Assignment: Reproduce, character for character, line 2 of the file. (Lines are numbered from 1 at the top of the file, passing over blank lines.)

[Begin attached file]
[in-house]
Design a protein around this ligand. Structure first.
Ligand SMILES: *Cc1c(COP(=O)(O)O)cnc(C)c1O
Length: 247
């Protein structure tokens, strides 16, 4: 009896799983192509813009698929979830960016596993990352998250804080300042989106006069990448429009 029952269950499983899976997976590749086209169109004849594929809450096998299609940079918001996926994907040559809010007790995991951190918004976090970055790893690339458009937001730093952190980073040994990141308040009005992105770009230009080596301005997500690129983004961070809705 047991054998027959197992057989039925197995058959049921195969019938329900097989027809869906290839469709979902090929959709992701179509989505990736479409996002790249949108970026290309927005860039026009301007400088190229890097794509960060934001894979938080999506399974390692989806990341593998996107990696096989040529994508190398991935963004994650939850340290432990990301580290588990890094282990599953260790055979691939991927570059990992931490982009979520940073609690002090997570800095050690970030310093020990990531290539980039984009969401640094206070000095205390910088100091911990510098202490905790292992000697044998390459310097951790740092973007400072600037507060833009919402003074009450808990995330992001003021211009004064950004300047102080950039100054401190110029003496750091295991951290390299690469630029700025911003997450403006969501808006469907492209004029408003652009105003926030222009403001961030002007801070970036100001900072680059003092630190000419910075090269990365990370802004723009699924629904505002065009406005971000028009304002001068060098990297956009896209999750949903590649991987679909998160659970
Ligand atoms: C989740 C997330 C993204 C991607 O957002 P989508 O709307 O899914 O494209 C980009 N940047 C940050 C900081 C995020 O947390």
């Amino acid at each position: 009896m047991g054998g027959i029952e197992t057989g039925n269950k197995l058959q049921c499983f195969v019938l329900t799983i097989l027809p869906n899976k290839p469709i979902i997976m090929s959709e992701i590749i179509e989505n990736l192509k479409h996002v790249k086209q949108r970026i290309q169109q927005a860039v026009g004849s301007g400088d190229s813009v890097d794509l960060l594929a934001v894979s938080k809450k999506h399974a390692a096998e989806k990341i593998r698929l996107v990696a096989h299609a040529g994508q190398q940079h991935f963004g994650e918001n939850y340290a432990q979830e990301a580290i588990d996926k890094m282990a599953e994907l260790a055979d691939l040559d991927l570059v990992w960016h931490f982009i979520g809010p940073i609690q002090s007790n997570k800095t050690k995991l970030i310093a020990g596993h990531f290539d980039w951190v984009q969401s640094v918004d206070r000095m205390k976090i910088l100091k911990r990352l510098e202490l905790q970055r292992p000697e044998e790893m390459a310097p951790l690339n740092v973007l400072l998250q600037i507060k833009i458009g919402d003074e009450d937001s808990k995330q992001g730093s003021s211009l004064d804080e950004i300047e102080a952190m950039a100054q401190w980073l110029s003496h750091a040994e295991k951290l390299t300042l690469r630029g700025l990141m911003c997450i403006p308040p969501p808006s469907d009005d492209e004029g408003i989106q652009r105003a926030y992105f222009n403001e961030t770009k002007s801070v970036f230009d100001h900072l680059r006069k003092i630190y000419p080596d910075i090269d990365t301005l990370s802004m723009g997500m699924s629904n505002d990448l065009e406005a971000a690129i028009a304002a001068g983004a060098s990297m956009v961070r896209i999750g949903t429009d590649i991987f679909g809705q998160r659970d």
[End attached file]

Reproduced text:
Design a protein around this ligand. Structure first.